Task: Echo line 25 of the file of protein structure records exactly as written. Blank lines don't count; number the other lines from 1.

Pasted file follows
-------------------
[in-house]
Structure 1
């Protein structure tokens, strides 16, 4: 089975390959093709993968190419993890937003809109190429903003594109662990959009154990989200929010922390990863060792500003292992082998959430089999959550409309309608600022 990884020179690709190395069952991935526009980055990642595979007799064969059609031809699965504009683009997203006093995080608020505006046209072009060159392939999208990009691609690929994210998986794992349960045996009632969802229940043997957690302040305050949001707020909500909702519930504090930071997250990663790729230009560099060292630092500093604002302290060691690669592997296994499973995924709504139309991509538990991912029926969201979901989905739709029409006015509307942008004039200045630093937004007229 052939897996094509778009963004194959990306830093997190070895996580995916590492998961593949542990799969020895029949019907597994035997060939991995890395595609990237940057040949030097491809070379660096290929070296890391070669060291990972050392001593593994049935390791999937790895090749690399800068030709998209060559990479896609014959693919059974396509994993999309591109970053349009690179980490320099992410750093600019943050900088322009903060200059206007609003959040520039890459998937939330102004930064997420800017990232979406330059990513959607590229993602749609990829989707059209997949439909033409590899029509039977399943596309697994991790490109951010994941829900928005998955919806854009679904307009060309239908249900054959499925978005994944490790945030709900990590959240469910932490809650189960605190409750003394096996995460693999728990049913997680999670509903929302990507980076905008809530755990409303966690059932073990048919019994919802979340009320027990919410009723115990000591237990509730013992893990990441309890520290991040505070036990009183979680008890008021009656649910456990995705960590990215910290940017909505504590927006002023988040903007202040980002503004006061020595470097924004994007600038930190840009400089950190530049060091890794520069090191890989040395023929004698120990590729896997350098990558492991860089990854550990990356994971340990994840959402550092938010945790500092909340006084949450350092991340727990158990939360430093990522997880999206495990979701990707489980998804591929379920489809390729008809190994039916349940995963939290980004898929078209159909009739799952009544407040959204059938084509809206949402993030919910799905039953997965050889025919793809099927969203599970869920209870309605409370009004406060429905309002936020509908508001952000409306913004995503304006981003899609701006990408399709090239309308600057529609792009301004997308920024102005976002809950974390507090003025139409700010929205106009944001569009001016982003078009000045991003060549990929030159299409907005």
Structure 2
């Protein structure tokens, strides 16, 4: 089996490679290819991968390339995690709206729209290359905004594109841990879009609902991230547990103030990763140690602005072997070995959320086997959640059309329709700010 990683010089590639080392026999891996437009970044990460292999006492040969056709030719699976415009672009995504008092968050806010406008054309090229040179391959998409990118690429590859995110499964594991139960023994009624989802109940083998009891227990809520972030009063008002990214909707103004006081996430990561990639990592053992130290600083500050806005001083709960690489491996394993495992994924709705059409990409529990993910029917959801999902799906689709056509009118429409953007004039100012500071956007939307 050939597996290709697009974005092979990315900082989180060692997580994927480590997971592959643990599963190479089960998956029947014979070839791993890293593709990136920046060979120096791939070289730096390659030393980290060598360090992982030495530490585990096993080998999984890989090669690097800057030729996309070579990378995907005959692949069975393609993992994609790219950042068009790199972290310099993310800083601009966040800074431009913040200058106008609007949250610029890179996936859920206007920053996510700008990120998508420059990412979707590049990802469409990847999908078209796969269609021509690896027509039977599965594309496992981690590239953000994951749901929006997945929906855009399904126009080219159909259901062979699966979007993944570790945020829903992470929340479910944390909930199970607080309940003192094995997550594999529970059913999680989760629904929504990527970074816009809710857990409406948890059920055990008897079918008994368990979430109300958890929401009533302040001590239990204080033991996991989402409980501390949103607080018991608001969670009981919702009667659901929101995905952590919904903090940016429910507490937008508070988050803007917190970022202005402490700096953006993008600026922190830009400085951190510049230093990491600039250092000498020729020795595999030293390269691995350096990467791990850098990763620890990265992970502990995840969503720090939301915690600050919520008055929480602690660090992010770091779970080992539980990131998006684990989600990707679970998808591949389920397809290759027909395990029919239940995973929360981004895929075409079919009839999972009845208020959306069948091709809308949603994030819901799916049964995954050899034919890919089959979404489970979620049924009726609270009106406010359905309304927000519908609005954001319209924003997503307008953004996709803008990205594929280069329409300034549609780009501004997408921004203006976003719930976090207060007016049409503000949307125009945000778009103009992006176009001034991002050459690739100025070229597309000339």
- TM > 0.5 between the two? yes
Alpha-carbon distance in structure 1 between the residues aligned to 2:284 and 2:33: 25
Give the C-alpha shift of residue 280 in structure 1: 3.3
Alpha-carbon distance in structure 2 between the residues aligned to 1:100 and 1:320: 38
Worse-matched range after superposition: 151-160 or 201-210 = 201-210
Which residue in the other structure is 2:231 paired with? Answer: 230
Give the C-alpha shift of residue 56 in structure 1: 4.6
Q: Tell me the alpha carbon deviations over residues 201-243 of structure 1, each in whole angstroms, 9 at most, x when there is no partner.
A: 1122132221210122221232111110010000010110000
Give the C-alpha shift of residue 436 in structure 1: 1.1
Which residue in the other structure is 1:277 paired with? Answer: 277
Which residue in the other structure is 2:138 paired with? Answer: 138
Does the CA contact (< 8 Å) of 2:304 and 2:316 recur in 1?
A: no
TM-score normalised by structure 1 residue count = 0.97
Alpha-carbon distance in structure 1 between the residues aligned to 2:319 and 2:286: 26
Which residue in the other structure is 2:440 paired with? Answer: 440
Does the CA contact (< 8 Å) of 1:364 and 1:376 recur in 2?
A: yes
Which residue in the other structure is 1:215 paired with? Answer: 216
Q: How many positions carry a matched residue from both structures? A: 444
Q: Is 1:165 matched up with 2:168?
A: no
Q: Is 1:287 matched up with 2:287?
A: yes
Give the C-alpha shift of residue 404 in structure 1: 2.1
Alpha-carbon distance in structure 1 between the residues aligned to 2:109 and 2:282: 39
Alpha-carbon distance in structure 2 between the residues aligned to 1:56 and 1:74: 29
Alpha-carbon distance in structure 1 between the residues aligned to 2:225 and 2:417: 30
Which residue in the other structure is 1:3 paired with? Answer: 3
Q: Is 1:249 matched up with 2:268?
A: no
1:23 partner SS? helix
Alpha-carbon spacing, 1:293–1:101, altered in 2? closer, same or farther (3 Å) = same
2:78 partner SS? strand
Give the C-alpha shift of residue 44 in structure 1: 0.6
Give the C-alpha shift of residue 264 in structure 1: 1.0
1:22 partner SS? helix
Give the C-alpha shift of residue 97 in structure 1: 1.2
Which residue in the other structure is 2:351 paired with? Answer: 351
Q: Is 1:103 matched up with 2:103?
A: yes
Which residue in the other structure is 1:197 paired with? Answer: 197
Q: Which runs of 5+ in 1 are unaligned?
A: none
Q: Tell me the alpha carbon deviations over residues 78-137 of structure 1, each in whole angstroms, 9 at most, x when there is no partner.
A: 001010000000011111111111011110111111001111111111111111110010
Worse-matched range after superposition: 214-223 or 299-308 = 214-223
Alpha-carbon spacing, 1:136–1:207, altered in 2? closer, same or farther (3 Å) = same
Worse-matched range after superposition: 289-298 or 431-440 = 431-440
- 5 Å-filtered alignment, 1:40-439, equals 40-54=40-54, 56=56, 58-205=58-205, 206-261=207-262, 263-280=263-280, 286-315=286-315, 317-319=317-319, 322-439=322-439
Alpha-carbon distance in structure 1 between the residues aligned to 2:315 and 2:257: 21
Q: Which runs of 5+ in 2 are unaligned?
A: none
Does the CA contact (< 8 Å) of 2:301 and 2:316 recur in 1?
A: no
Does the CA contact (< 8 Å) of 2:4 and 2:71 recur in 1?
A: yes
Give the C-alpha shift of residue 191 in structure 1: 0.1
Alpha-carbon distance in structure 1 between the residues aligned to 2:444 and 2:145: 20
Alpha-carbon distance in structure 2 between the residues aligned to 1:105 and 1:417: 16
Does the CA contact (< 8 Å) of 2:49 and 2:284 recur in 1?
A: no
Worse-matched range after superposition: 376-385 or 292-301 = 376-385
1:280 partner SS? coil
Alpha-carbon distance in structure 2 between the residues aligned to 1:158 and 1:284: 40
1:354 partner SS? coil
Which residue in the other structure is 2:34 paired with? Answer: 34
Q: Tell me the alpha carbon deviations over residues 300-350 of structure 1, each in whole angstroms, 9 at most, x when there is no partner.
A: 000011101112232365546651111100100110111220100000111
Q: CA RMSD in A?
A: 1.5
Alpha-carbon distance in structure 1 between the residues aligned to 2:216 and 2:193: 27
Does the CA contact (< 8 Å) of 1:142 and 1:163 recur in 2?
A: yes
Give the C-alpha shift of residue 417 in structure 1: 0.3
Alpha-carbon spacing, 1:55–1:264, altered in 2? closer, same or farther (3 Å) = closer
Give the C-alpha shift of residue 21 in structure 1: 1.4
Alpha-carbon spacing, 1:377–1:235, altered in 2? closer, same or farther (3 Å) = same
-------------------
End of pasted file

Which residue in the other structure is 1:215 paired with? Answer: 216